Radical cleric behind Bali bombing to be freed from prison

The firebrand preacher Abu Bakar Bashir was sentenced to 15 years in jail for helping fund a paramilitary group training in the conservative Islamic province of Aceh. (AP)
Updated 18 January 2019
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Radical cleric behind Bali bombing to be freed from prison

  • Abu Bakar Bashir is believed to have been a key figure in terror network Jemaah Islamiyah
  • ‘He is old ... and his health condition was also part of the consideration’

JAKARTA: A radical cleric thought to be the spiritual leader of the Bali bombers will be released from prison on medical grounds, Indonesia’s president said Friday.
Abu Bakar Bashir, 80, is believed to have been a key figure in terror network Jemaah Islamiyah (JI), which was blamed for the 2002 bombings on the holiday island which killed more than 200 people, mostly foreign tourists.
It was Indonesia’s deadliest militant attack and prompted Jakarta to beef up anti-terror cooperation with the US and Australia, which has previously opposed clemency for Bashir.
Indonesian President Joko Widodo said on Friday that he had agreed to order the ailing preacher’s release from a prison on the outskirts of the capital.
“The first reason is humanitarian,” Widodo told reporters.
“He is old ... and his health condition was also part of the consideration.”
Widodo did not say when Bashir would be released, but one of the cleric’s lawyers said it could be as early as next week.
Bashir, speaking from Gunung Sindur prison, welcomed the news.
“If I am released, I’ll praise Allah,” he told reporters, adding he was not hostile to the state.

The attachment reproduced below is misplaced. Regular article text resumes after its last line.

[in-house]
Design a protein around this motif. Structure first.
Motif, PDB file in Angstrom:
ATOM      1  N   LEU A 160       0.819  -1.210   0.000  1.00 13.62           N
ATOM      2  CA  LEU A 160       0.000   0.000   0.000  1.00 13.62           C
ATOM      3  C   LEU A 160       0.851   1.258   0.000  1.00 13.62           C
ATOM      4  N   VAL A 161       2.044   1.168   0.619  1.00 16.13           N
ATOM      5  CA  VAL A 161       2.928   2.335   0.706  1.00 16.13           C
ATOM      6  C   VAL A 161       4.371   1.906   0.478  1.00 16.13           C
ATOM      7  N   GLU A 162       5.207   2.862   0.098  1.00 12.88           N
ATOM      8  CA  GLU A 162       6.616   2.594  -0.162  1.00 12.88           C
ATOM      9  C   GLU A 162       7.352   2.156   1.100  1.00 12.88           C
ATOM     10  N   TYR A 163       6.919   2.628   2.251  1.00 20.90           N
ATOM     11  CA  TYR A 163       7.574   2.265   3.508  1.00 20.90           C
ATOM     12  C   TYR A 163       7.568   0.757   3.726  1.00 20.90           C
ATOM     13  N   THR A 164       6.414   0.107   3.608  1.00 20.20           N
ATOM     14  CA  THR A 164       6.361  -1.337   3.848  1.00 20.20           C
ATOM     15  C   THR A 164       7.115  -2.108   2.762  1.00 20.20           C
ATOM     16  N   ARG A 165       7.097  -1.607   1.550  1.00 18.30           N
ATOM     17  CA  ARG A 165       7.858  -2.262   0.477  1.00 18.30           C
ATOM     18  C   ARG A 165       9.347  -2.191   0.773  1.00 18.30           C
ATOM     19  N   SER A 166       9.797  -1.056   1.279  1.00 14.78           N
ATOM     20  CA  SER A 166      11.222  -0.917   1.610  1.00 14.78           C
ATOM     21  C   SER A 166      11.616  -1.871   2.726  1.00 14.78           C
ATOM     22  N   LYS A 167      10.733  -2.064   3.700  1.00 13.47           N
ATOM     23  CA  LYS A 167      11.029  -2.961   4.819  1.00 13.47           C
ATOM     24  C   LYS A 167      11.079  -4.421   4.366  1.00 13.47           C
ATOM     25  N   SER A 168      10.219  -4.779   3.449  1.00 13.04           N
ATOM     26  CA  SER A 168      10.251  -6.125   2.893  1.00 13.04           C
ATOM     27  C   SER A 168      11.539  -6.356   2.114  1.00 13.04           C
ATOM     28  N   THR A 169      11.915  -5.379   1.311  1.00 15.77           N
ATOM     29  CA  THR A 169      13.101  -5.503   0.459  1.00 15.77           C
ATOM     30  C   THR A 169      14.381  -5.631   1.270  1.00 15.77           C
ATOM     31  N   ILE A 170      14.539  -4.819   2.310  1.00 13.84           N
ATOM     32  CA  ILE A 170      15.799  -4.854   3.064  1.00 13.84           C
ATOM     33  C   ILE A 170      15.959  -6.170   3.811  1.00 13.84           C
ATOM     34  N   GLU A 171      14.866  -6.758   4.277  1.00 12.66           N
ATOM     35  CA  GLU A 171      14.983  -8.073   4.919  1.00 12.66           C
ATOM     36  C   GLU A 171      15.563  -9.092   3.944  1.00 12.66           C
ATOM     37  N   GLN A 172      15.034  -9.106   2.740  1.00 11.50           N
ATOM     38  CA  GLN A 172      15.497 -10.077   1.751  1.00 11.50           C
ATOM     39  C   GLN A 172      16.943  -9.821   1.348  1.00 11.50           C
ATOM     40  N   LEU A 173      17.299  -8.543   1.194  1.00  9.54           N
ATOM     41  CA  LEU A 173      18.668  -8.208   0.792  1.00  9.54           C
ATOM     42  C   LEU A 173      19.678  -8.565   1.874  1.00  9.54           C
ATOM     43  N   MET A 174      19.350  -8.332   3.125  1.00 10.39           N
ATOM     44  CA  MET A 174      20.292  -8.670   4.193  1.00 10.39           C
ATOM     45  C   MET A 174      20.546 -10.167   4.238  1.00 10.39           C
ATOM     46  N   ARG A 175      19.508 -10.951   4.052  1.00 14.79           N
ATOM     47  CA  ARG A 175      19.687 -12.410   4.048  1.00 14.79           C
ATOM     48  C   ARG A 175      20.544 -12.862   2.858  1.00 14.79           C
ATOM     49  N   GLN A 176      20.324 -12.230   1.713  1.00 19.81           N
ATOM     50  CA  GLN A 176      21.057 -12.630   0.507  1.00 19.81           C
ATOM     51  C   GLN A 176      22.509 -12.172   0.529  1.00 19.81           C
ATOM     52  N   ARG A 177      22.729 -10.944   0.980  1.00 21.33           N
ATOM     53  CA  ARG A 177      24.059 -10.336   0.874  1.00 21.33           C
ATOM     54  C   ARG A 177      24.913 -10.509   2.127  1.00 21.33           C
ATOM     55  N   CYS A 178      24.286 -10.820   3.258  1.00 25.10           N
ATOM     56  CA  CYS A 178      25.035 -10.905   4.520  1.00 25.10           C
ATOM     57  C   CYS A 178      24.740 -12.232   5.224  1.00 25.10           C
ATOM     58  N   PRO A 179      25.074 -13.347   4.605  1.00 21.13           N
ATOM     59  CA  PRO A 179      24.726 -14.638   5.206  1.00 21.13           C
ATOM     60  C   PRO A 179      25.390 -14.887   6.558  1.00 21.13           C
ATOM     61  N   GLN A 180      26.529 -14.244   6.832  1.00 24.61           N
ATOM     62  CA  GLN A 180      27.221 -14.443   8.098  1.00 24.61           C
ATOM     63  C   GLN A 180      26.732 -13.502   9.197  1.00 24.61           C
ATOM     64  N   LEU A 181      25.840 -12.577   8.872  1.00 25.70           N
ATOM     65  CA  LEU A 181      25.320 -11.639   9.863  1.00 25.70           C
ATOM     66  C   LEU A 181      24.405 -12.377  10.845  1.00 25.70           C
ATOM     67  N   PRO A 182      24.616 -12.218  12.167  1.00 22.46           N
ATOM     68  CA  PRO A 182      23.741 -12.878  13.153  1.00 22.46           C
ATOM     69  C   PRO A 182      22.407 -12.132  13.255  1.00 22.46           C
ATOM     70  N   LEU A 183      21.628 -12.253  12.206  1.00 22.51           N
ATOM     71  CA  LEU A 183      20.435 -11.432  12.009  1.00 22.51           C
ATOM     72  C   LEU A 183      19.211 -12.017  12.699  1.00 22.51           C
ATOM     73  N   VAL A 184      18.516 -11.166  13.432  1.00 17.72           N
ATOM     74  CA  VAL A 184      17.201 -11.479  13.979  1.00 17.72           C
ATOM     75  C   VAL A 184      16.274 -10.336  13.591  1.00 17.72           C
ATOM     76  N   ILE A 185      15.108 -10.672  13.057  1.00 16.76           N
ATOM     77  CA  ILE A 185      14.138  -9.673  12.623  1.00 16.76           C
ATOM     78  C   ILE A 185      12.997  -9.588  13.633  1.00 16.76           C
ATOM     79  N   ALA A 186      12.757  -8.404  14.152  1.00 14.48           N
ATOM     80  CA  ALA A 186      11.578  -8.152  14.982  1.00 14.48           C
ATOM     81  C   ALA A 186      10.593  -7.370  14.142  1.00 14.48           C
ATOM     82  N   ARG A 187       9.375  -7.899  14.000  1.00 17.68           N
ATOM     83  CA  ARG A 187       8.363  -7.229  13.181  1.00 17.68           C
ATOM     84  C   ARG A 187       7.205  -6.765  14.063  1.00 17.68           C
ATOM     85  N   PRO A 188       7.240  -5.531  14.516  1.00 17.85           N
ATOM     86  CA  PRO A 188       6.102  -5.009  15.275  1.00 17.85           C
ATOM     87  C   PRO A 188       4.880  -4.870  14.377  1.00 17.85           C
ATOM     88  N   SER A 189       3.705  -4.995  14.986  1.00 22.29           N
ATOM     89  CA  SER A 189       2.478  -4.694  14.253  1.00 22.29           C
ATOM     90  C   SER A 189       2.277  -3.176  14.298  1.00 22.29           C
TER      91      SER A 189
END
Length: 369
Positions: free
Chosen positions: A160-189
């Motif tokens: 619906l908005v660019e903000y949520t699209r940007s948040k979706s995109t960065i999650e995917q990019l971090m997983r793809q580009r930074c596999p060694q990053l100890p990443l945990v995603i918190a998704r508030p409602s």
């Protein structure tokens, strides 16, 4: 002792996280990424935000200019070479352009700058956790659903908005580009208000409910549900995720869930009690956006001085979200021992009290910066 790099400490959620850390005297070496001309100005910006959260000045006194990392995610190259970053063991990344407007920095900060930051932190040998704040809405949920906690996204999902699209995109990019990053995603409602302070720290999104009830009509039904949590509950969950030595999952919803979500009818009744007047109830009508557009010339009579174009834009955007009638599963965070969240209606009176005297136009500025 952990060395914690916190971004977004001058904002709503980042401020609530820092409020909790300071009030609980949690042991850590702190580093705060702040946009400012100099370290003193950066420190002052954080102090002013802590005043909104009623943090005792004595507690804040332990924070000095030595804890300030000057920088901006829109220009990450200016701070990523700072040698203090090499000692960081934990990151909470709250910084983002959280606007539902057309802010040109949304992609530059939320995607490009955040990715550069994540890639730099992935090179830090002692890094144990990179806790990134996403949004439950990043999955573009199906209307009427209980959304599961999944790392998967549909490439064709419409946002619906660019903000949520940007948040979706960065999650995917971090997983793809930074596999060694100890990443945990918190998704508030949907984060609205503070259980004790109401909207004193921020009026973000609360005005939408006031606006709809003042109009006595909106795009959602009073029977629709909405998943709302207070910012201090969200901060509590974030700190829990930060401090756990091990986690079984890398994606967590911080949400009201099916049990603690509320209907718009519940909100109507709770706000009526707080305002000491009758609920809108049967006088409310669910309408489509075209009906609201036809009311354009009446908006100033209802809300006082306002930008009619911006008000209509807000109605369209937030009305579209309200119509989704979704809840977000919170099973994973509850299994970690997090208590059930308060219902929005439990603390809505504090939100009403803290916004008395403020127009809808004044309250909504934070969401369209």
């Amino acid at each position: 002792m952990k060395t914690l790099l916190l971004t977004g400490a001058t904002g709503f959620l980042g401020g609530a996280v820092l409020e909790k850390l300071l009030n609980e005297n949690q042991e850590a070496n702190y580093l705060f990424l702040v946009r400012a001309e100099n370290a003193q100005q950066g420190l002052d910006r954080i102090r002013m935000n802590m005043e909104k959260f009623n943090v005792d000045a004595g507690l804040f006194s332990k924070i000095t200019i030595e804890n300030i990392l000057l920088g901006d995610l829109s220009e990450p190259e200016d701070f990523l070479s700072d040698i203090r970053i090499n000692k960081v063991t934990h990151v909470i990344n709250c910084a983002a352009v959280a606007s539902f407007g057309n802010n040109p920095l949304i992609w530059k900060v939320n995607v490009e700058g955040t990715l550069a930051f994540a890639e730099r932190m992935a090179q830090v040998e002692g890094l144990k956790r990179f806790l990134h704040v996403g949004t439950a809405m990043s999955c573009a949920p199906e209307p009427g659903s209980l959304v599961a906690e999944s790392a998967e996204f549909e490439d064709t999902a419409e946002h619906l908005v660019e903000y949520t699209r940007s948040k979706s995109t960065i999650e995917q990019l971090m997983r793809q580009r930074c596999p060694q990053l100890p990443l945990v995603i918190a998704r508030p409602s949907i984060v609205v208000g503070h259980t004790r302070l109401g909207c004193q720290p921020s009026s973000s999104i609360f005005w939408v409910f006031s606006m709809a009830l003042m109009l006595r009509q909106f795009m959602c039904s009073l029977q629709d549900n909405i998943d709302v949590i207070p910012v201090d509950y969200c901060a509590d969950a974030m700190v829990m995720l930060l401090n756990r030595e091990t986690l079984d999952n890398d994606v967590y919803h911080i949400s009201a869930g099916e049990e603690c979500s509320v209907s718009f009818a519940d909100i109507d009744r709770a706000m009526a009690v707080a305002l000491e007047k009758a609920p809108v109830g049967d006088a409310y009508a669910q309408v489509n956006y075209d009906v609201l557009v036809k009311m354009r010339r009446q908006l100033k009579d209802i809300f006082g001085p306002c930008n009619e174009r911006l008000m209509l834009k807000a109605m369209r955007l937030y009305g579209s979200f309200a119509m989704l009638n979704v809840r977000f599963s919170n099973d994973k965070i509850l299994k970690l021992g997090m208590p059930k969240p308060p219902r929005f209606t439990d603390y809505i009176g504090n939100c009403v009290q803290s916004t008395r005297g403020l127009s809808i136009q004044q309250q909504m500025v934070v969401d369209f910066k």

In 2011, the firebrand preacher — once synonymous with militant Islam in Indonesia — was sentenced to 15 years in jail for helping fund a paramilitary group training in the conservative Islamic province of Aceh.
Bashir, the co-founder of an infamous Islamic boarding school known for producing militants, was jailed after authorities in the world’s biggest Muslim majority country broke up the camp.
Several militants convicted over their involvement in the Bali bombings have been executed while two others, including Malaysian Noordin Mohammed Top, were killed in police raids in 2009 and 2010.
Bashir, who has repeatedly denied involvement in terror attacks, was also previously jailed over the Bali bombings but that conviction was quashed on appeal.
Al-Qaeda-linked JI was founded by a handful of exiled Indonesian militants in Malaysia in the 1980s, and grew to include cells across Southeast Asia.
As well as the 2002 Bali bombings, the radical group was blamed for a deadly 2003 car bomb at the JW Marriott hotel in Jakarta and a suicide car bomb the following year outside the Australian embassy.
An anti-terror crackdown weakened some of Indonesia’s most dangerous networks, including Jemaah Islamiyah.
The Daesh group proved to be a potent rallying cry for Indonesia’s radicals, with hundreds traveling to the Middle East to join the militants.
Last year, a wave of deadly suicide bombings at churches and a police post rocked Indonesia’s second biggest city Surabaya.
Those attacks were carried out by families — including children — linked to local extremist network Jamaah Ansharut Daulah, which has pledged allegiance to Daesh.


Taliban close Afghan health facilities run by Swedish group

Updated 2 min 26 sec ago
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Taliban close Afghan health facilities run by Swedish group

  • Taliban raided one of the NGO’s clinics last week in which 4 people died
  • The NGO said closing the clinics will affect 6,000 patients

KABUL: A Swedish non-governmental organization in Afghanistan says the Taliban have forced the closure of 42 health facilities run by the non-profit group in eastern Maidan Wardan province.
Parwiz Ahmad Faizi, communications manager at the Swedish Committee for Afghanistan, said on Wednesday the facilities were closed after Afghan forces raided a clinic run by the NGO in Daimirdad district last week. Troops were looking for suspected Taliban fighters.
The committee says two staff members, a guard and a lab worker, and two other people were killed in the attack. A fifth person is missing.
Insurgents contacted the staff and ordered the NGO to shut down. Faizi says the closures will affect health services for around 6,000 patients, particularly women and children.
Taliban spokesman Zabihullah Mujahid confirmed the closure of the facilities.